Number 295
April 2004
A Monthly Safety Bulletin from The Office of the NASA Aviation Safety Reporting System
P.O. Box 189, Moffett Field, CA 94035-0189

The Go-Around Decision

aircraft turningThe vast majority of approaches lead to uneventful landings, but occasionally a go-around is the right decision. Delaying the go-around to the last minute or, worse yet, attempting to "salvage" a bad approach, can lead to trouble. Generally speaking, if a go-around is a consideration, it is probably warranted. When in doubt, take it around.Although the circumstances were different in each of the following reports to ASRS, one phrase is common to all of them- "I should have gone around."

A Blown Opportunity

This instructor pilot missed an opportunity to demonstrate the right time and place for a go-around. Instead, both pilots got a deflating lesson about Newton's First Law of Motion.

All's Well That Ends Well — This Time

In two reports from air carrier flight crews, the landings worked out OK, but the pilots were professional enough to realize that similar circumstances may not always have the same result.

A Noteworthy Landing

While the proximity of a parallel taxiway saved this C152 pilot from an expensive lesson about distractions on final, a go-around would have prevented any need for an alternate landing areas.

Dysfunctional Dialog

Two men communicating through cansA sampling of recent ASRS reports indicates that non-standard phraseology and misinterpreted communications continue to be cited as contributing factors in many incidents. While they cannot address every situation, the Controller's Handbook (7110.65) and the Airman's Information Manual provide standardized phraseology that could help eliminate many communication errors.

Following Instructions

Although they were not specifically "cleared" for a visual approach, this B737 flight crew was led astray by a clearance that left some room for interpretation.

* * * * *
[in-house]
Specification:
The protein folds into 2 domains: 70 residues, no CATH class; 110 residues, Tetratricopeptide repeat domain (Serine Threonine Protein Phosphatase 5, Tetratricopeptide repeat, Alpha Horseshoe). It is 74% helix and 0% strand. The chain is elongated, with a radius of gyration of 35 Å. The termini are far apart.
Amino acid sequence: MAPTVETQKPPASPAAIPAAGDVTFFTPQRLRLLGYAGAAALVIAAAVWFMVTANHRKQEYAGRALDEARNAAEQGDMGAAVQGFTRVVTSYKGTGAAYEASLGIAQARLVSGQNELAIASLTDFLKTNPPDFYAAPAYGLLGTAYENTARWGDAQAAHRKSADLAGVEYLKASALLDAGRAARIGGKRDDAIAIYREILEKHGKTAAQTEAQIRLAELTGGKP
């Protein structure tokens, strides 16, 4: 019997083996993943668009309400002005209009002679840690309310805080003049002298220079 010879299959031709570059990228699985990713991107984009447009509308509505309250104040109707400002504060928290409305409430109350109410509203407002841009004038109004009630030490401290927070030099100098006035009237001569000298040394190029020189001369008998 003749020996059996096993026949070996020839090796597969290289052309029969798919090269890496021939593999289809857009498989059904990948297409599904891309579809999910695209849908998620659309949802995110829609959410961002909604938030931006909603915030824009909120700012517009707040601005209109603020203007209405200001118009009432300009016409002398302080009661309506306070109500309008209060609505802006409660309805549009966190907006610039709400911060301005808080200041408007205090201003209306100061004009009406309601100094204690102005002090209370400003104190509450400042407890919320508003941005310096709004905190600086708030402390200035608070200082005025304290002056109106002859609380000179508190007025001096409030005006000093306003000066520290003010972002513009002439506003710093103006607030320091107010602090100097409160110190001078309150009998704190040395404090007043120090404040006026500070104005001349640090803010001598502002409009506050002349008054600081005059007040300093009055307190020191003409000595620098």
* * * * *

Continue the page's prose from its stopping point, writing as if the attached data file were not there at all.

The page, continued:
Crossing the Line

The clearance given to this C172 instructor pilot and student may have been misleading, but the time to clear up any confusion was before crossing the hold short line.

U-Turn? No, You Turn

Clear, concise communications are usually preferred over lengthy conversations. In the case of this flight attendant's request, however, a few additional words could have prevented the Captain's misinterpretation.

Gone West

aircraft flying into the nightIt is with great sadness that we relate the death of Captain Rex Hardy, the founding editor of Callback. Rex was 88 when he passed away on April 7 at his home in Monterey, CA.

Rex Hardy was a decorated Naval Aviator, test pilot for Northrop Aviation, and Chief Pilot at Lockheed before joining the team at NASA's Aviation Safety Reporting System. Rex published the first issue of Callback in July, 1979 with the intent to provide an "interesting, instructive, and even-sometimes-entertaining" safety bulletin. Callback's continuing contribution to aviation safety is the result of Rex Hardy's vision, originality, and determination.

ASRS Recently Issued Alerts On...
MD80 loss of cabin pressure
ERJ135 loss of rudder control
Northwestern U.S. airport approach path obstacles
B757 shattered windshield due to electrical overheat
Southern U.S. airport similar sounding aopproach fixes
March 2004 Report Intake
 Air Carrier/Air Taxi Pilots
 General Aviation Pilots